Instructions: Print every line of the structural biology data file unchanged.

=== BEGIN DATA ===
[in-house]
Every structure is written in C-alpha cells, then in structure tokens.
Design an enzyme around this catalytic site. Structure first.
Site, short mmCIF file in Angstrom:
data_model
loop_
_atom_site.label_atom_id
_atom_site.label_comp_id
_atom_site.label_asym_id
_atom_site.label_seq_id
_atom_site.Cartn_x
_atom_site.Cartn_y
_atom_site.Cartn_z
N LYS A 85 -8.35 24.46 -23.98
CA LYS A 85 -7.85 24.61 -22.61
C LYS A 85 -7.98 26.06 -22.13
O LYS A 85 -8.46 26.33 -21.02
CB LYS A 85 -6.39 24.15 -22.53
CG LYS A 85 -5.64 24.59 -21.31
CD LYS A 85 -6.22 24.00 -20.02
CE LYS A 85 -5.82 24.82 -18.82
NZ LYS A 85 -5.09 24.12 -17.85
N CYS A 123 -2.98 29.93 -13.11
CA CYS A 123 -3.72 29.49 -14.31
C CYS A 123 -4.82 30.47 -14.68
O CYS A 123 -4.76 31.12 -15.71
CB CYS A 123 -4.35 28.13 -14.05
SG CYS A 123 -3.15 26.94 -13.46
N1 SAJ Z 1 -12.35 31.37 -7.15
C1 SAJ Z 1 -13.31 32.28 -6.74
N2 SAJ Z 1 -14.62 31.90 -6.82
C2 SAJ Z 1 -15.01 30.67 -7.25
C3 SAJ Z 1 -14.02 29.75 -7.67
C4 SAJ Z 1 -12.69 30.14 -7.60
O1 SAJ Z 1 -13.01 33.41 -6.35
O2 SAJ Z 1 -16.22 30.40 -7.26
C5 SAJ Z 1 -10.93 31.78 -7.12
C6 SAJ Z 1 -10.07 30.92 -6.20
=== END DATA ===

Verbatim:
[in-house]
Every structure is written in C-alpha cells, then in structure tokens.
Design an enzyme around this catalytic site. Structure first.
Site, short mmCIF file in Angstrom:
data_model
loop_
_atom_site.label_atom_id
_atom_site.label_comp_id
_atom_site.label_asym_id
_atom_site.label_seq_id
_atom_site.Cartn_x
_atom_site.Cartn_y
_atom_site.Cartn_z
N LYS A 85 -8.35 24.46 -23.98
CA LYS A 85 -7.85 24.61 -22.61
C LYS A 85 -7.98 26.06 -22.13
O LYS A 85 -8.46 26.33 -21.02
CB LYS A 85 -6.39 24.15 -22.53
CG LYS A 85 -5.64 24.59 -21.31
CD LYS A 85 -6.22 24.00 -20.02
CE LYS A 85 -5.82 24.82 -18.82
NZ LYS A 85 -5.09 24.12 -17.85
N CYS A 123 -2.98 29.93 -13.11
CA CYS A 123 -3.72 29.49 -14.31
C CYS A 123 -4.82 30.47 -14.68
O CYS A 123 -4.76 31.12 -15.71
CB CYS A 123 -4.35 28.13 -14.05
SG CYS A 123 -3.15 26.94 -13.46
N1 SAJ Z 1 -12.35 31.37 -7.15
C1 SAJ Z 1 -13.31 32.28 -6.74
N2 SAJ Z 1 -14.62 31.90 -6.82
C2 SAJ Z 1 -15.01 30.67 -7.25
C3 SAJ Z 1 -14.02 29.75 -7.67
C4 SAJ Z 1 -12.69 30.14 -7.60
O1 SAJ Z 1 -13.01 33.41 -6.35
O2 SAJ Z 1 -16.22 30.40 -7.26
C5 SAJ Z 1 -10.93 31.78 -7.12
C6 SAJ Z 1 -10.07 30.92 -6.20